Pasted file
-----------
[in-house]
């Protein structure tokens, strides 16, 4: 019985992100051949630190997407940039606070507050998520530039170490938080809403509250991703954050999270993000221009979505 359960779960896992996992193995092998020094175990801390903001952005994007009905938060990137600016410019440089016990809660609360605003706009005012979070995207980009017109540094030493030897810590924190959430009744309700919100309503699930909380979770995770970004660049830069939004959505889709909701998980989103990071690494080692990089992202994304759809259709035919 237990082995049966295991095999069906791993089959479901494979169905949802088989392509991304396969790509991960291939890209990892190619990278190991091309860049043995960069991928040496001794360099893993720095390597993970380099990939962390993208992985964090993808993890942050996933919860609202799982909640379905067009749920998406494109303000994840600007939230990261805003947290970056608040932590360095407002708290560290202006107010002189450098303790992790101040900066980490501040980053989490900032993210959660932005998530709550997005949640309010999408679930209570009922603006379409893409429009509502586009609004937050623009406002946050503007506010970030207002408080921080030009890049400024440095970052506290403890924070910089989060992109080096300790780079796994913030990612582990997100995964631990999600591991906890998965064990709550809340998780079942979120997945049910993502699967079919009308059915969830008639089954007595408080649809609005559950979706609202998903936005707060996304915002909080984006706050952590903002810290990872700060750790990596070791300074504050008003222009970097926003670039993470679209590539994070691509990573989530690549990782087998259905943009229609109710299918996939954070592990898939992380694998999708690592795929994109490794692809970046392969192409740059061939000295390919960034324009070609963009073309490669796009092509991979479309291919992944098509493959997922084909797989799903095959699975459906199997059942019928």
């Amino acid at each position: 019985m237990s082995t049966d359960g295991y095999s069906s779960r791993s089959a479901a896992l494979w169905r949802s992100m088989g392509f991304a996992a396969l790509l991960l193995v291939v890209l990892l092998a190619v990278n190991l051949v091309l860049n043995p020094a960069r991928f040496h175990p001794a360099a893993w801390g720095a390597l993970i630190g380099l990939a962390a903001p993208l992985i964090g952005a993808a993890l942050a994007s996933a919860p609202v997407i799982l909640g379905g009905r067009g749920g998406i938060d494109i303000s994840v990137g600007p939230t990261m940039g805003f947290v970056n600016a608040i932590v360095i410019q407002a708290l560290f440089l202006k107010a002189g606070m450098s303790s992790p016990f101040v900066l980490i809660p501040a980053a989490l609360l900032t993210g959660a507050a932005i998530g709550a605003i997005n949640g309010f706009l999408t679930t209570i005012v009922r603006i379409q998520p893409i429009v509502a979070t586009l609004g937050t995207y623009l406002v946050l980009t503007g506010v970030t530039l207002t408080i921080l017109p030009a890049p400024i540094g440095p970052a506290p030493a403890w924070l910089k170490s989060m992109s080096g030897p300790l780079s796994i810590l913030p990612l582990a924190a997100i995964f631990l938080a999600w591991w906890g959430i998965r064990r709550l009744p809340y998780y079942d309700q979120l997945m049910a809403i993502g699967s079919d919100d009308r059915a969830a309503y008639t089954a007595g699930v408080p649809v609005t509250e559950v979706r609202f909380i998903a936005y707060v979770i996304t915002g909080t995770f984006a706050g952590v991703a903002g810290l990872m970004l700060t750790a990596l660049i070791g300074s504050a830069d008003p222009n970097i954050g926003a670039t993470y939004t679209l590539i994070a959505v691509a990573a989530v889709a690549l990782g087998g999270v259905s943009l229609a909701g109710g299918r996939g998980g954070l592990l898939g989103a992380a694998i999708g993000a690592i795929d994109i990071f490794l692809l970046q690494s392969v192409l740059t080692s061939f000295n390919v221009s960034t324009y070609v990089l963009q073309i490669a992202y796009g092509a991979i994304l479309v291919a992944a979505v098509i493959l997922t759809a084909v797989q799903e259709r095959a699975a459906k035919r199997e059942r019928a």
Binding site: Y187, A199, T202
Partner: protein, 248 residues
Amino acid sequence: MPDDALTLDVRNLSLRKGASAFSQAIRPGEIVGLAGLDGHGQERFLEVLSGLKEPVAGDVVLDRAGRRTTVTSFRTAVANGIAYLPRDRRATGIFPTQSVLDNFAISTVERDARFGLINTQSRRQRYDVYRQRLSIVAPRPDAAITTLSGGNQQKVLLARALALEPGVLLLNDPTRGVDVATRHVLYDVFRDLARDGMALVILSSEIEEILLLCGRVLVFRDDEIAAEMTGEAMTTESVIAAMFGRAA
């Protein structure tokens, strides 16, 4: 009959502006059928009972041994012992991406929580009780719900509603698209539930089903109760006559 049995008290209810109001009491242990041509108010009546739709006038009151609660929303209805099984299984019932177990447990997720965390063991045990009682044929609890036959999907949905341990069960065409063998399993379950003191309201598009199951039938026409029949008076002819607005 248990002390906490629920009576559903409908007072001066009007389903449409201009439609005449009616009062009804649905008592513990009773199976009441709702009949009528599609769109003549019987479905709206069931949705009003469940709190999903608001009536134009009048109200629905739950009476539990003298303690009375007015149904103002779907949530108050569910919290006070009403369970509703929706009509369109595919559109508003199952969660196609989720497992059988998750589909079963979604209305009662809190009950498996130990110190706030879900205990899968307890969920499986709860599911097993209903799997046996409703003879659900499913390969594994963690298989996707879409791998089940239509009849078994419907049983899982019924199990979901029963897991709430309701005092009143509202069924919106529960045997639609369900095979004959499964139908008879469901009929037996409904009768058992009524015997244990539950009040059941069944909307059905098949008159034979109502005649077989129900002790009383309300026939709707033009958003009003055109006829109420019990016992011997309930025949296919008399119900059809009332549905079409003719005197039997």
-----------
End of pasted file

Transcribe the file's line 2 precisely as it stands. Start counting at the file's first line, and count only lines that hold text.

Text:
């Protein structure tokens, strides 16, 4: 019985992100051949630190997407940039606070507050998520530039170490938080809403509250991703954050999270993000221009979505 359960779960896992996992193995092998020094175990801390903001952005994007009905938060990137600016410019440089016990809660609360605003706009005012979070995207980009017109540094030493030897810590924190959430009744309700919100309503699930909380979770995770970004660049830069939004959505889709909701998980989103990071690494080692990089992202994304759809259709035919 237990082995049966295991095999069906791993089959479901494979169905949802088989392509991304396969790509991960291939890209990892190619990278190991091309860049043995960069991928040496001794360099893993720095390597993970380099990939962390993208992985964090993808993890942050996933919860609202799982909640379905067009749920998406494109303000994840600007939230990261805003947290970056608040932590360095407002708290560290202006107010002189450098303790992790101040900066980490501040980053989490900032993210959660932005998530709550997005949640309010999408679930209570009922603006379409893409429009509502586009609004937050623009406002946050503007506010970030207002408080921080030009890049400024440095970052506290403890924070910089989060992109080096300790780079796994913030990612582990997100995964631990999600591991906890998965064990709550809340998780079942979120997945049910993502699967079919009308059915969830008639089954007595408080649809609005559950979706609202998903936005707060996304915002909080984006706050952590903002810290990872700060750790990596070791300074504050008003222009970097926003670039993470679209590539994070691509990573989530690549990782087998259905943009229609109710299918996939954070592990898939992380694998999708690592795929994109490794692809970046392969192409740059061939000295390919960034324009070609963009073309490669796009092509991979479309291919992944098509493959997922084909797989799903095959699975459906199997059942019928």